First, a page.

FIG. 2 is of a shape more or less the same as that of FIG. 1 except that the slit 5b which may or may not extend all the way through the edge preferably does not extend through the edge but merely extends up to a point close to the edge and includes a slit portion at about right angles to he edge but extending in a different (opposite) direction from that of the card of FIG. 1 of the step 4a, such that the area 4b is easily and securely engageable with the step 4a. It should be noted that the edge lb of the sheet or card of FIG. 2 represents the top of the card relative to the position with the sheet or card of FIG. 1, and that they are combined in such a manner that these edges coincide. More particularly the portion is inserted through the slot 5b such that the portion 12a is beneath the portion 12b and such that the slot-space 3b coincides with the slot space 3a.
The sheet of FIG. 3 is representative of a transparent sheet having a hole in the middle corresponding to the outer diameter of the dial-space aperture 3a and it may have a flap 6 which may be turned backwards for the insertion of a rotatable card into the slit 5a when the sheet of FIG. 1 is combined with the sheet of FIG. 2 and such that the flap 6 slips back into its position adjacent the slot 50 after the insertion of the card into the slot 5a. Adhesive coating at points and 16 is optional.
FIG. 4 illustrates the third essential element, i.e., preferably a rotary disk, having specific dial holes therein corresponding to numbers listed serially around in the same counterclockwise direction as found on the sheets 1 and 2 (i.e., a common direction), with a slot 5d extending from the central portion through the edge. The portion 1d is insertable into the slot 5a when sheets of FIGS. 1 and 2 are combined whereby the rotary disk of FIG. 4 is slidable between the sheets of FIGS. 1 and 2 with the sole viewable portion being the portions through the slots and the portion of the disk which remains extending from the slot 5a at any time in particular. In a preferred embodiment a minor portion of the card disclosing the zeroes is always viewable slightly to the right of the slot 5a are the portions of the card within the slot between the sheets unless it has been dialed to a particular position in operation of the mechanism. The sheet of FIG. 2 includes a cut portion approximately as shown in FIG. 2 at projection 8 which is pressed downwardly slightly such that when the card of FIG. 4 is rotated to almost a 360 amount between the two sheets, the portion 1d along the slot edge 5d becomes engaged with the projection 8 preventing the rotary sheet of FIG. 4 from further insertion.
FIG. 5 illustrates the sheets of FIGS. 1, 2, 3 and 4 as combined. Preferably in positions of about 9a, 9b, 9c and 9d there would be brads or staples or equivalents connecting means connecting the sheets of FIGS. 1,2 and 3 together firmly. It may be seen in the breakaway portion of the transparent cover 10 that beneath that cover on the right hand edge of the figure as shown there is the area 4b of the sheet of FIG. 2 locked with the portion 7 of the sheet of FIG. 1.
With regard to FIG. 6, in the cross sectional view as taken along line 6-6 of FIG. 5 it is more easily understandable the working mechanism in relationship of the various sheets and disks by making reference to the sheets as numbered and as overlapping one another in the embodiment of FIG. 5. It will be noted for example that the sheet 1a as for example seen in FIG. 1 overlies thesheet 1b at the point of the cross-sectional view along line 6-6 of FIG. 5, and in this embodiment the sheet lb is illustrated as having the downwardly turned tab 18 into which rides the sheet 1d of FIG. 4, with the sheet 1b being between the sheet 1d and the sheet 1a, while also there is viewable the upwardly turned tab 8 and the slot 3a and 3b of sheets 1a and 2b of FIGS. 1 and 2 respectively. Similarly it is seen how the sheet 1b at a lower central point along the view of line 6-6 is extending between the sheets 1a and lb and the sheet 1b having the inwardly turned flap 18 at the lower portion of the figure. In like manner the backing portion 10 is viewable.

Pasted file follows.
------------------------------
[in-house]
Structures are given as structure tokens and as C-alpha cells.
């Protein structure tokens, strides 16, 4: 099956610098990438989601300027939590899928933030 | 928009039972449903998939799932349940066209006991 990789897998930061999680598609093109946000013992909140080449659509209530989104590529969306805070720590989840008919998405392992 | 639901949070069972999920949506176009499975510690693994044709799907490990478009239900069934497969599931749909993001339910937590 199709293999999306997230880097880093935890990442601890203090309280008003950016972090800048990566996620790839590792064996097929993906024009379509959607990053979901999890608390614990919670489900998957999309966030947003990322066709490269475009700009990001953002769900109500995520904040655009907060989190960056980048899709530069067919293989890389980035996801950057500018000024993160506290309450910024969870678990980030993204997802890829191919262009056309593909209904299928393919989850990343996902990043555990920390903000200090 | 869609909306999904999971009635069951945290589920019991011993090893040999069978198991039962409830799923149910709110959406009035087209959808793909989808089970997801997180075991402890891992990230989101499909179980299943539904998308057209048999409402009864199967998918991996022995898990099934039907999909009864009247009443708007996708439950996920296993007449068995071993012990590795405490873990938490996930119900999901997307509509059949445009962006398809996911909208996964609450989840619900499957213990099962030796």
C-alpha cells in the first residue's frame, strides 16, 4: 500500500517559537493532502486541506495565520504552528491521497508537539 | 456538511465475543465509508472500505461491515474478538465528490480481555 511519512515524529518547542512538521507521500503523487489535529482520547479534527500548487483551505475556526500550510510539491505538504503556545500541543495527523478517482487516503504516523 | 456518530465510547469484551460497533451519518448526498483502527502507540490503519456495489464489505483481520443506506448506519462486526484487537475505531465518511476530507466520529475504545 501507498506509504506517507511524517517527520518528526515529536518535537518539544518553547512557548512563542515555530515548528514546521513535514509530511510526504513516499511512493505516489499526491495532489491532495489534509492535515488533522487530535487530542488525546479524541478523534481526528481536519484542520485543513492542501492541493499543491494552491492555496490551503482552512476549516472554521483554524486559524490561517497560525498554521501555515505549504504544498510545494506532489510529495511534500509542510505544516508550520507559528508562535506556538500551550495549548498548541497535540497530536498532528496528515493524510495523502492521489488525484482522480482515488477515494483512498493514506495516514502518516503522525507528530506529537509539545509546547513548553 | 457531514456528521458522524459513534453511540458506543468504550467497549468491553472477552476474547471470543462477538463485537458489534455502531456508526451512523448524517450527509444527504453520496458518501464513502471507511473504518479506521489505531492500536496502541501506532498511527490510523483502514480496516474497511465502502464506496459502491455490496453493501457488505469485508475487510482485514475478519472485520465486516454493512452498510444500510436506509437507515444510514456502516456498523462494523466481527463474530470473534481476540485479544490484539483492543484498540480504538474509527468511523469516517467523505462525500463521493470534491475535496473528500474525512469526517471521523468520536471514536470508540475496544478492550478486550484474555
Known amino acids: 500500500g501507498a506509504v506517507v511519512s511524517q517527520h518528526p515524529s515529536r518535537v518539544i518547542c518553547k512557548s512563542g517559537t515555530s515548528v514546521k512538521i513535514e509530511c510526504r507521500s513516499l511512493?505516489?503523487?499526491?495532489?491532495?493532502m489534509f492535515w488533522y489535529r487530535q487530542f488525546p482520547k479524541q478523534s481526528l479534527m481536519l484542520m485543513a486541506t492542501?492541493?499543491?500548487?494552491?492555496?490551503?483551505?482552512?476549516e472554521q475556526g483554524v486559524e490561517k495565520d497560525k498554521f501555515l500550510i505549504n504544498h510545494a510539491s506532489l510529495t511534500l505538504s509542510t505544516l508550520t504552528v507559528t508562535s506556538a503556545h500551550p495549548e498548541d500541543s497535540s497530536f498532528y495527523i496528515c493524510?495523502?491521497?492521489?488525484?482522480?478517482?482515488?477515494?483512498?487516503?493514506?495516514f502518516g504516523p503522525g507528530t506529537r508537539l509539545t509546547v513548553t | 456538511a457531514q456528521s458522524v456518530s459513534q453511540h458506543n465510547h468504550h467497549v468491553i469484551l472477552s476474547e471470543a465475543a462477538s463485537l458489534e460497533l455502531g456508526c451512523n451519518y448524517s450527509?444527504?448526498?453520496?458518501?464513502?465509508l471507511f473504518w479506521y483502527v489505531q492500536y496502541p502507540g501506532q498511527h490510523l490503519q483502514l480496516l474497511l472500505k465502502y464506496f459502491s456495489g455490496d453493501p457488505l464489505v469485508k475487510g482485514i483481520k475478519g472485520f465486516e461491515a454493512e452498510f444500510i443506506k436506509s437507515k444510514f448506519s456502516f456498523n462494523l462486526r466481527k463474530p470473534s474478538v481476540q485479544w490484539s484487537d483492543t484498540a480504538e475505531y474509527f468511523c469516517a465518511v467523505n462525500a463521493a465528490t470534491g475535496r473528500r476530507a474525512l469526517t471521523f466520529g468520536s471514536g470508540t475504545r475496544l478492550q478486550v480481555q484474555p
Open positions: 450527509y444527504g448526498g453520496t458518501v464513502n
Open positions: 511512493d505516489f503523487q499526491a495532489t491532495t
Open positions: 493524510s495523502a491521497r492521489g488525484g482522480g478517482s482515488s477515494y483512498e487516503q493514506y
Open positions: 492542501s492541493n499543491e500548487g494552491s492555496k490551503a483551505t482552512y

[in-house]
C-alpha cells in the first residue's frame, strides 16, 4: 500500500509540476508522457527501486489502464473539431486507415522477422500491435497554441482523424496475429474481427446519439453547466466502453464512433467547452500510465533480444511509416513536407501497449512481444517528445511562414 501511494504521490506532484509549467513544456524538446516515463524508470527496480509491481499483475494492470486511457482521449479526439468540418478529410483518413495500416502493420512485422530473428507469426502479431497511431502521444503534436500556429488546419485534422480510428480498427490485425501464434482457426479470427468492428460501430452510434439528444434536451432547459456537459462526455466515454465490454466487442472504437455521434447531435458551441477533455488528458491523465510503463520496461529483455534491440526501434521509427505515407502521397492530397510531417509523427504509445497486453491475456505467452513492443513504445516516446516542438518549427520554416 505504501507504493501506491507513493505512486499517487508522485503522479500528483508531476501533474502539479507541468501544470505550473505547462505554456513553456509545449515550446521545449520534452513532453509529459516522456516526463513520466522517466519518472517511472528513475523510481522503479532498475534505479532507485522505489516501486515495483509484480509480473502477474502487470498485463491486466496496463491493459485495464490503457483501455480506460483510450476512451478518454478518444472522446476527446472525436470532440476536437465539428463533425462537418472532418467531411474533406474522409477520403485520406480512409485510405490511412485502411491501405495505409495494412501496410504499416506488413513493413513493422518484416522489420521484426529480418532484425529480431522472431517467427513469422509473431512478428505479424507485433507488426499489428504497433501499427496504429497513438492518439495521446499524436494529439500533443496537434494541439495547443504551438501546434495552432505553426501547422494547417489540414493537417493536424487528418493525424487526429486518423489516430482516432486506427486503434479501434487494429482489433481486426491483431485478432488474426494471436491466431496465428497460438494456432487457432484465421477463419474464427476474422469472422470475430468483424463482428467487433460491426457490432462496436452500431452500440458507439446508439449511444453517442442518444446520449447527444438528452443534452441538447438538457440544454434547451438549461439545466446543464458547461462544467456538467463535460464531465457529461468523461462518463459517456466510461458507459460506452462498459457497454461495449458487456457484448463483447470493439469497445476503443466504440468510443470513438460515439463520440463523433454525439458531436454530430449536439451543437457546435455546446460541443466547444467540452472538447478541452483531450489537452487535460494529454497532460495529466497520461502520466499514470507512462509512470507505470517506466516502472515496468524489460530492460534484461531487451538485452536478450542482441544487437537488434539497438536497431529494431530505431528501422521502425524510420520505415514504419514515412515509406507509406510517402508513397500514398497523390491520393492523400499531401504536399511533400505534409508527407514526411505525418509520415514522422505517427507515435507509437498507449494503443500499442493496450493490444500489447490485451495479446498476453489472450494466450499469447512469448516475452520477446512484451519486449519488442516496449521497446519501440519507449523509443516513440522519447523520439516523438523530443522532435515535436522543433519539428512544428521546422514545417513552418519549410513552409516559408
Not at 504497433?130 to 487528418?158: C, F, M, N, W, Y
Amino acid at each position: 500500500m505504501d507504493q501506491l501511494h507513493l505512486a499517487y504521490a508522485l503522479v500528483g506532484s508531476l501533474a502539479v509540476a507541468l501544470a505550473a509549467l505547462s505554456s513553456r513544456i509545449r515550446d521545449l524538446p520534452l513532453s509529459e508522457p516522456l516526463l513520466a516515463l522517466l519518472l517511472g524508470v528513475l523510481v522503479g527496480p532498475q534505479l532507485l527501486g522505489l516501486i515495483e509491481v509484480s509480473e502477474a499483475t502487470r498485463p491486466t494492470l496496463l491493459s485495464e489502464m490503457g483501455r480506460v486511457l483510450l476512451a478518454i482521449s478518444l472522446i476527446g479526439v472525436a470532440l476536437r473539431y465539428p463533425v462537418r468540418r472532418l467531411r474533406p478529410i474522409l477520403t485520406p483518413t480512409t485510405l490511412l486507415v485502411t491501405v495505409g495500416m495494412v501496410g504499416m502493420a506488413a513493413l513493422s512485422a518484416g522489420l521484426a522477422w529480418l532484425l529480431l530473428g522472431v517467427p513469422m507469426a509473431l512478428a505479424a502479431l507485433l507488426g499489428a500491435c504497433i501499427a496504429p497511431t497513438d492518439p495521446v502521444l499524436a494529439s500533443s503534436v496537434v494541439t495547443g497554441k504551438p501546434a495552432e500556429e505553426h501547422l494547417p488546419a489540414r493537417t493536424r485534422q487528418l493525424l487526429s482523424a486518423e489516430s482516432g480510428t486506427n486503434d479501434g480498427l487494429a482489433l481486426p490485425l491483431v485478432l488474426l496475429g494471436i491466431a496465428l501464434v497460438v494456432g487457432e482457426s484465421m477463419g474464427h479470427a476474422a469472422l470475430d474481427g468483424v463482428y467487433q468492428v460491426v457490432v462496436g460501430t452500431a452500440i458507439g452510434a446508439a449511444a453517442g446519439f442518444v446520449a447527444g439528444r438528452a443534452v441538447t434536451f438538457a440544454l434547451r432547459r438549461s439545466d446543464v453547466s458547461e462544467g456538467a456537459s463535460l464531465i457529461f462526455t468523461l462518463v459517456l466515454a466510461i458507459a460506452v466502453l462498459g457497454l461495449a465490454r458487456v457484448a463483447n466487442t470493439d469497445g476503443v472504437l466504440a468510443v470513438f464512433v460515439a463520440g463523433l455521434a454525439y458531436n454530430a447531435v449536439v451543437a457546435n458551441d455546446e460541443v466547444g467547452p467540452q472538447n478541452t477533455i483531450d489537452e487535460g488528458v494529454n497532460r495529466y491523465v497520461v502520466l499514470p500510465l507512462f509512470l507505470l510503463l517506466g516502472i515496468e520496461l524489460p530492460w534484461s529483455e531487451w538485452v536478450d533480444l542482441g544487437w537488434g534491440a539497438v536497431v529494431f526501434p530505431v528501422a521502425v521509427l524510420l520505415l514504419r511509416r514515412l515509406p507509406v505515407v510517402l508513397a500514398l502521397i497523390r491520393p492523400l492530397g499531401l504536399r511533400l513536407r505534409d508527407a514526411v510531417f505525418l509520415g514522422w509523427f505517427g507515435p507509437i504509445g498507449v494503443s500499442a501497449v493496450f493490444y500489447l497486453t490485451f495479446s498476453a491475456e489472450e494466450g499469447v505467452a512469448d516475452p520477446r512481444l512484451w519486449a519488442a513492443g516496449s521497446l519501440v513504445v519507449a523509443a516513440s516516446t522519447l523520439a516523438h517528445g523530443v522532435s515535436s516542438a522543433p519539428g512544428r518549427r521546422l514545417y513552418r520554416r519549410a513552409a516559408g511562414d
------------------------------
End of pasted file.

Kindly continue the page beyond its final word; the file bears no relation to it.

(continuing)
Each of FIGS. 7,8 and 9 represent additional cards which would be separately insertable behind the rotary disk card of FIG. 4 to be used in conjunction therewith in order to determine for any specific given number existing on the face of the dial as shown in FIG. 5, the remainder after such number has been divided by the modulus number indicated on disk of FIG. 7 such as modulus number 2, the disk of FIG. 9 such as the modulus number 4, or the FIG. 8 such as the modulus number 3.
The guide holes (apertures) 17 and guide flaps 18 are preferred but optional.
In addition to uses mentioned above, the calculator may be adapted to trigonometry, geometry, calculus, etc.. For simple consecutive dialings, a spelling teaching aid may have letters to be dialed which upon completion of dialing discloses the word spelled if correctly dialed.
Several schemes can be used to describe and analyze the interaction of the parts of this device. We may think of the device as a strictly finite automaton, for instance, where the functions of control unit, reading head, tape input, and the rule for moving the tape are fulfilled respectively by the rotating elements containing holes and slots, the slot or slots in the cover component which determines what holes can be accessed, the scale settings on the radial cuts or circular edges of the components, and the sequence and direction of movement of the holes within the cover slot. The device contains a finite number of parts which can be arranged a finite number of ways (yielding corresponding interval states of the automaton). It senses or generates one symbol (set of scale values) at a time, and proceeds from an initial state until it either reaches that state again or blocks, i.e., cannot accept (or generate) any more symbols. I conceive of the set of successive scale settings generated by this device in all the cases where it returns to its initial state as a kind of language, where the scale settings are the symbols which make up the language. This would allow us to employ the methods of mathematical linguistics as a vehicle for investigating the possible applications of this device to concrete problems, and for designing programs to solve these problems.